What is Pathway Analysis?

This may have different flavors:

Therefore, the geneXplain platform provides an empirical way to identify the specific combination of sites that characterizes a given set of co-regulating promoters.

Most commonly, it is of interest to know which signaling or metabolic pathways are activated under certain experimental conditions.

A slightly different question may be to find out which pathways were used to express a certain observed phenotype.

Both types of problems can be conveniently addressed with the geneXplain platform.

Approaches to pathway analysis

To find out whether among all genes induced in an experiment those are overrepresented that encode components of a certain pathway, conventional gene set enrichment analysis (GSEA) and related methods can be applied. In such an approach, however, topological information about the pathway is lost.

More sophisticated is to search for those networks, pathways or paths where many linked components have been induced. This is provided by the platform option “Cluster by shortest path”. A visualization of differential expression onto a known pathway is shown in the figure below. These known pathways may be documented in the databases TRANSPATH® (manually curated information; example shown) or GeneWays (compiled by text mining).

Learn more about the geneXplain platform.

Click image for an enlarged view of the visualization of the clustered paths comprising a maximal number of differentially expressed genes, highlighted by a customizable color code between most significantly down- (blue) or up-regulated (orange) genes in two different experiments (left/right half of the colored boxes around the gene names). Edge labels indicate the number of steps between the shown nodes. In this example, mapping was done onto the GeneWays database network.

When starting from a set of differentially expressed genes or their products, resp., it is frequently of interest to see what is their common activator. Such convergence points of upstream pathways are potential master regulators, or key nodes.

The next figure shows how the upstream paths of a set of proteins (blue) converge in one master regulator (here: AKT1, red). The database behind this analysis is TRANSPATH®. It can be seen how a section of the whole pathway (overview in the lower right window) is amenable to editing in the main work area. Detailed information about a selected component, like the mTor complex in this example, are displayed in the Info Box at the lower left corner.

Click image for an enlarged view.

This type of analysis can be combined with the visualization of differentially expressed genes and their expression behavior, in the same way as shown above.

Click for an enlarged view of the customizable interface.
Click image for the complete view of the exported network picture.

Graph layout

Proper handling of the layout is a particular challenge when displaying networks. The implementation in the geneXplain platform ensures an easy and fast reorganization of the layout between a hierarchical, force-directed and orthogonal layout scheme.

Click image for an enlarged view either of the hierarchical, the force-directed or the orthogonal layout.

Graph search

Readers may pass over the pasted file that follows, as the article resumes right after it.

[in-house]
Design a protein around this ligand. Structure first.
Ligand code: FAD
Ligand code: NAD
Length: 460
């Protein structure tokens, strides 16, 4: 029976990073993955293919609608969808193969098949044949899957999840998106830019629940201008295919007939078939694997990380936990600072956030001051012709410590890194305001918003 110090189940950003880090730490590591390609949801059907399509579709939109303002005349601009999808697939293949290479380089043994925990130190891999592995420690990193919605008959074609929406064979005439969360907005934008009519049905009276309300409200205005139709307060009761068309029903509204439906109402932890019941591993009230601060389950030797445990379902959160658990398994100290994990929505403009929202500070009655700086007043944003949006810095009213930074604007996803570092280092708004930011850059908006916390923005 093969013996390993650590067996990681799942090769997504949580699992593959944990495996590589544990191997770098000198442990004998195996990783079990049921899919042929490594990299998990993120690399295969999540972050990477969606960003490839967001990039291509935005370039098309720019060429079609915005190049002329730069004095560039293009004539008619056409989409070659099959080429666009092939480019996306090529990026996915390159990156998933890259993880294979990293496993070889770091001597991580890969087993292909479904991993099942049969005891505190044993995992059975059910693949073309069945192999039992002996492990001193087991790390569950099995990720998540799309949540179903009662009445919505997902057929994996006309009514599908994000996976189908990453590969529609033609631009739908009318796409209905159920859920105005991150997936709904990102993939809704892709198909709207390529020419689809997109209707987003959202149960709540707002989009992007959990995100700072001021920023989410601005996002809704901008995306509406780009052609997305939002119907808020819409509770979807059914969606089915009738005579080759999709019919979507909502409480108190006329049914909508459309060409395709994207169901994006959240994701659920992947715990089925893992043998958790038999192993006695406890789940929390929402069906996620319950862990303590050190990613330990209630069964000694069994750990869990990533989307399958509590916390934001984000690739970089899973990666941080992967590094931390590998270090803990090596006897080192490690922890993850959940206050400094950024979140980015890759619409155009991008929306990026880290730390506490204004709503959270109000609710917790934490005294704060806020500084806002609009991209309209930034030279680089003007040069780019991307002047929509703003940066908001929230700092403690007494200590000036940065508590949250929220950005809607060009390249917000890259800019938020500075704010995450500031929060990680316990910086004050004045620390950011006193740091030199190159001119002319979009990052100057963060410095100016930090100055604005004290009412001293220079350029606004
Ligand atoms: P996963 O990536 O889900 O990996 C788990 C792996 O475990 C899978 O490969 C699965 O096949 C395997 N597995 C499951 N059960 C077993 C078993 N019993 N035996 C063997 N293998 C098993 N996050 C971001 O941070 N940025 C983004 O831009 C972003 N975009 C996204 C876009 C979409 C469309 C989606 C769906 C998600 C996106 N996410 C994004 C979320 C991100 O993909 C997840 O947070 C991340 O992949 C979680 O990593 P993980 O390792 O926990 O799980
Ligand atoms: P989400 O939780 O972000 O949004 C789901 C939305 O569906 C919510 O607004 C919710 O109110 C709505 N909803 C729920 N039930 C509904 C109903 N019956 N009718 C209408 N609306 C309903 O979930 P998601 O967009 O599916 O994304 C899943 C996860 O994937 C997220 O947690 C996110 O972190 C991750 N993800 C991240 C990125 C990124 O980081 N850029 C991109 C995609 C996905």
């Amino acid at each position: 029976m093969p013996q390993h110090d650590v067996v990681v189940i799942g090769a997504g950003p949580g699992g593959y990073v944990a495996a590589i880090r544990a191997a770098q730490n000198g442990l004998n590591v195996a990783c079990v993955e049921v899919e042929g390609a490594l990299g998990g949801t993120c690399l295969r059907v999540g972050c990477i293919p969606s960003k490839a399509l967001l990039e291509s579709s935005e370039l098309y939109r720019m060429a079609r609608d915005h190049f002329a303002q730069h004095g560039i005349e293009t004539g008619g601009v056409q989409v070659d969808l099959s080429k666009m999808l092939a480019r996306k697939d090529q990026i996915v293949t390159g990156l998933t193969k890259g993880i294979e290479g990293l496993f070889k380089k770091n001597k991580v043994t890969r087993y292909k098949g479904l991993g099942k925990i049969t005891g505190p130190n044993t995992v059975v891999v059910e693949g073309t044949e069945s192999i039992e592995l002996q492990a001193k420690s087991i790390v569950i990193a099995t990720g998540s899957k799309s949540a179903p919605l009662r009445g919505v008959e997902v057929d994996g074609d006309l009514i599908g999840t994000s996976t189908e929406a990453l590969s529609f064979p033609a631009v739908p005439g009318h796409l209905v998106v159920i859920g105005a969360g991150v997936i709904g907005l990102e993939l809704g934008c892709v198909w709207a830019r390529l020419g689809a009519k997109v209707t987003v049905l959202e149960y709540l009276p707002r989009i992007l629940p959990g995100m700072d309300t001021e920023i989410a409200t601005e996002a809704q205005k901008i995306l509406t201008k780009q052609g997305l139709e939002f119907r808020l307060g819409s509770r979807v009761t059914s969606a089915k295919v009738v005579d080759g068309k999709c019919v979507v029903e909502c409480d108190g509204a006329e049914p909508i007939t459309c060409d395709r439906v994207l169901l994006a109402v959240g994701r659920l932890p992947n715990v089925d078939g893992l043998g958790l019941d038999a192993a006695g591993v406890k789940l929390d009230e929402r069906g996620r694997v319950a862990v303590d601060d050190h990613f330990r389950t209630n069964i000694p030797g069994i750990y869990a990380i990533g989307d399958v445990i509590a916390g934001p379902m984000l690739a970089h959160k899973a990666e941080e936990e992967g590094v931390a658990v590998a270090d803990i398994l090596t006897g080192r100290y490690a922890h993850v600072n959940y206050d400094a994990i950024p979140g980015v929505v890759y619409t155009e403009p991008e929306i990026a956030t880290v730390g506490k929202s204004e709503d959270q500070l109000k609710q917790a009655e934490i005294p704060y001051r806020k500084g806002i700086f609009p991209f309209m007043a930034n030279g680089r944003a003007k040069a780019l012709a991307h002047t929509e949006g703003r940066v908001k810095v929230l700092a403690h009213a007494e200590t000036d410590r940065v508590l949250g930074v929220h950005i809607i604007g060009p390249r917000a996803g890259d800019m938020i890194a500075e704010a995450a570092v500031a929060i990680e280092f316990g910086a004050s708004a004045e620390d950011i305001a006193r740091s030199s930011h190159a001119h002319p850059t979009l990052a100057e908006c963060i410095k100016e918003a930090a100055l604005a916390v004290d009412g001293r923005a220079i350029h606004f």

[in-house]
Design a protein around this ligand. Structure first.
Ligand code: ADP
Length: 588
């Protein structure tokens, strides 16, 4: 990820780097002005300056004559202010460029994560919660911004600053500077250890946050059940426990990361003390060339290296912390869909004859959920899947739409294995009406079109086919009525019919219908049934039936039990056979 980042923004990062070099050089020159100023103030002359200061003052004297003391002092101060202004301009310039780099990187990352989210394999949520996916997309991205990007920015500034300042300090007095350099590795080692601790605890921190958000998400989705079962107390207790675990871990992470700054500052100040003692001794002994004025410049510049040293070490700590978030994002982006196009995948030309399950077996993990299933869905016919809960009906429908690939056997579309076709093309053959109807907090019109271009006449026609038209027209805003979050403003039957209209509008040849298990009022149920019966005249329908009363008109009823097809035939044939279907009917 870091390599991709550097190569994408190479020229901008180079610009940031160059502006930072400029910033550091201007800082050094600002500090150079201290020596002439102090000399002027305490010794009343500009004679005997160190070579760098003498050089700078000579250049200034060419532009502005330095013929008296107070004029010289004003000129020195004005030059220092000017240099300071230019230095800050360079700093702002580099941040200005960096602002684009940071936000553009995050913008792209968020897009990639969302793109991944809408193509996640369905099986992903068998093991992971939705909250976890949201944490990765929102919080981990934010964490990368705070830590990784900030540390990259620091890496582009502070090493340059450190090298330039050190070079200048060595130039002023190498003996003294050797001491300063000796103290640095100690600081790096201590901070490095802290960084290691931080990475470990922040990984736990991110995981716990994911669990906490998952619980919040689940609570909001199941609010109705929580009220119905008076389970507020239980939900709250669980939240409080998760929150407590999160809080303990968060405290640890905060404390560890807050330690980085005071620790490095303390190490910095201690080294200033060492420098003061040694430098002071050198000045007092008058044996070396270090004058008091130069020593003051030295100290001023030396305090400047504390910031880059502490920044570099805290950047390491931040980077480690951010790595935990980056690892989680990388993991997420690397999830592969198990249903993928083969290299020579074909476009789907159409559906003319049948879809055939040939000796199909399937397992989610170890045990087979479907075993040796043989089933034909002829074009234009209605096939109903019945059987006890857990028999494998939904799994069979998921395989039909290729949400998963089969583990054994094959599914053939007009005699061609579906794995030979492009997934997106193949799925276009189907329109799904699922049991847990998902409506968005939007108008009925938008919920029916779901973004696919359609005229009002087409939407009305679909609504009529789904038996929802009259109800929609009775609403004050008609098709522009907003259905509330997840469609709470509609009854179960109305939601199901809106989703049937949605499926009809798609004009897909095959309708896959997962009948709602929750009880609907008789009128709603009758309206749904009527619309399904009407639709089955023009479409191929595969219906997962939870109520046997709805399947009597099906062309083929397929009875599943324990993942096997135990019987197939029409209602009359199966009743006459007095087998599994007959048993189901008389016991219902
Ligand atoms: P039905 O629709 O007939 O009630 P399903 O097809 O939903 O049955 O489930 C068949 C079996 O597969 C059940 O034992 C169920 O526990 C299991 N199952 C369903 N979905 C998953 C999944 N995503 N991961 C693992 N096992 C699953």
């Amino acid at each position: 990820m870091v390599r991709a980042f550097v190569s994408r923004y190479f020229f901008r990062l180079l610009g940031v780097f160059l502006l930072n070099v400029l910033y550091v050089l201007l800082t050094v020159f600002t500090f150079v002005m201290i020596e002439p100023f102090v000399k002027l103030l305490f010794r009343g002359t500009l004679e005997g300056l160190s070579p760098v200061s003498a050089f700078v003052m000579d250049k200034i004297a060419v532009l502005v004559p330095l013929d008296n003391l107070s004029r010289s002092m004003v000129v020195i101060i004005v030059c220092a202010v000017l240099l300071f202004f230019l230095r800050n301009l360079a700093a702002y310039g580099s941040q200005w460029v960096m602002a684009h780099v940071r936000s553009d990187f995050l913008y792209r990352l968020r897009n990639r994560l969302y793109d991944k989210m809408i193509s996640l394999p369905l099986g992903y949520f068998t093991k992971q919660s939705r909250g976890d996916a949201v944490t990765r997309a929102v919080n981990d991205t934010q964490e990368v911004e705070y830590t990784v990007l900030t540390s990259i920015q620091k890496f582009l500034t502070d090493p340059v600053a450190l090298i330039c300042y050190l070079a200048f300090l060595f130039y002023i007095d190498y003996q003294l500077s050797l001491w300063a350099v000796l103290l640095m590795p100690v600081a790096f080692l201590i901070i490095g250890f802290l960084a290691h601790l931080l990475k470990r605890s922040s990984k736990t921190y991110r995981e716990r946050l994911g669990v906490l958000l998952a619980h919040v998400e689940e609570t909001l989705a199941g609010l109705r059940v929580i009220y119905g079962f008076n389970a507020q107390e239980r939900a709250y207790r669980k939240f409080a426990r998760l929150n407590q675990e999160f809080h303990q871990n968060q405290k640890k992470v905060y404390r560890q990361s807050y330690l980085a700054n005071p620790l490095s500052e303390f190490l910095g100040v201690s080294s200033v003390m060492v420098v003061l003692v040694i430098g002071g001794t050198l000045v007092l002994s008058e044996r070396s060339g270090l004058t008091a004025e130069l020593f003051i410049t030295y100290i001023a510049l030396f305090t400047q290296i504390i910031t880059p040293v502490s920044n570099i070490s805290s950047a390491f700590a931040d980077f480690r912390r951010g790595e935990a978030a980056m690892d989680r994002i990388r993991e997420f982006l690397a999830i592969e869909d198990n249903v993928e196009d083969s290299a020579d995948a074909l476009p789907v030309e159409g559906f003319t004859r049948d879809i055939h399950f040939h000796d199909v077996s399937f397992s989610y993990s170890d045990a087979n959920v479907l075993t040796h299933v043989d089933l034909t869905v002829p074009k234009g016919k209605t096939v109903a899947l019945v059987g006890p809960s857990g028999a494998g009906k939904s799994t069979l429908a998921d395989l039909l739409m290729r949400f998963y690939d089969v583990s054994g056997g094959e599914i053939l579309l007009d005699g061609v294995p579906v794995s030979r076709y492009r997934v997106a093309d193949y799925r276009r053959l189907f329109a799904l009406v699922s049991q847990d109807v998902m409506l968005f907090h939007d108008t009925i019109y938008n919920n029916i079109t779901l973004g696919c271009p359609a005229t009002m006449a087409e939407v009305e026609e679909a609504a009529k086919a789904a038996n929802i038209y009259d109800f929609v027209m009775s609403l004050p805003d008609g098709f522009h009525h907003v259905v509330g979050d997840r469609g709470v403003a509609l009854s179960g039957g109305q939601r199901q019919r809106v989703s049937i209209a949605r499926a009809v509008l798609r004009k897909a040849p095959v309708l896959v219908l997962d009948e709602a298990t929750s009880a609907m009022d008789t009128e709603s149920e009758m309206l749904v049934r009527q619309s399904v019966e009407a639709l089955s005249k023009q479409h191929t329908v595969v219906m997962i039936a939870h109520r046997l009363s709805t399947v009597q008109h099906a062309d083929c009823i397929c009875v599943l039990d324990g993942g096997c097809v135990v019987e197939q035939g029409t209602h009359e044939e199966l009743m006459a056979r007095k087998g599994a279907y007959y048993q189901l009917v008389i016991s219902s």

Any diagram constructed from TRANSPATH or GeneWays contents can be manually expanded to molecules that are connected to a selected node (see figure below). Subsequent automatic redesign will refine the appearance of the graph according to the chosen layout style.


Click image for an enlarged view of the original small network with IL-10 as key node, the network expanded for further IL-10 targets, and the re-arranged visualization after re-arranged, force-directed layout.

Joining graphs

Several diagrams, e.g. pointing at different master regulators (figure below, red nodes), can be easily joined.

Click image for an enlarged view of the “join diagrams” option, or the resulting joined network.

Key publications for pathway analysis

Stegmaier P., Voss N., Meier T., Kel A., Wingender E., Borlak J. (2011) Advanced computational biology methods identify molecular switches for malignancy in an EGF mouse model of liver cancer. PLoS ONE 6, e17738. PubMed.

Stegmaier P., Krull M., Voss N., Kel A., Wingender E. (2010) Molecular mechanistic associations of human diseases. BMC Syst. Biol. 4, 1024. PubMed.

Zubarev R.A., Nielsen M.L., Fung E.M., Savitski M.M., Kel-Margoulis O., Wingender E., Kel A. (2008) Identification of dominant signaling pathways from proteomics expression data. J. Proteom. 71, 89-96. PubMed.

Michael H., Hogan J., Kel A., Kel-Margoulis O., Schacherer F., Voss N., Wingender E. (2008) Building a knowledge base for systems pathology. Brief. Bioinform. 9, 518-531. PubMed.

Kel A., Voss N., Jauregui R., Kel-Margoulis O., Wingender E. (2006) Beyond microarrays: Find key transcription factors controlling signal transduction pathways. BMC Bioinformatics 7 Suppl. 2, S13. PubMed.


Get a fast overview about the pathways affected in your experiment.

Get an immediate indication about common effector molecules.

Receive a reliable prognosis about potential upstream master regulators.

Flexibly work with manually curated pathway data (TRANSPATH) or with information automatically extracted from scientific literature (GeneWays).

Enjoy variable layout, expansion and joining functions.

Visualize your network according to internationally accepted SBGN standards (Systems Biology Graphical Notation).

Benefit from high-quality and flexible export routines for your publications.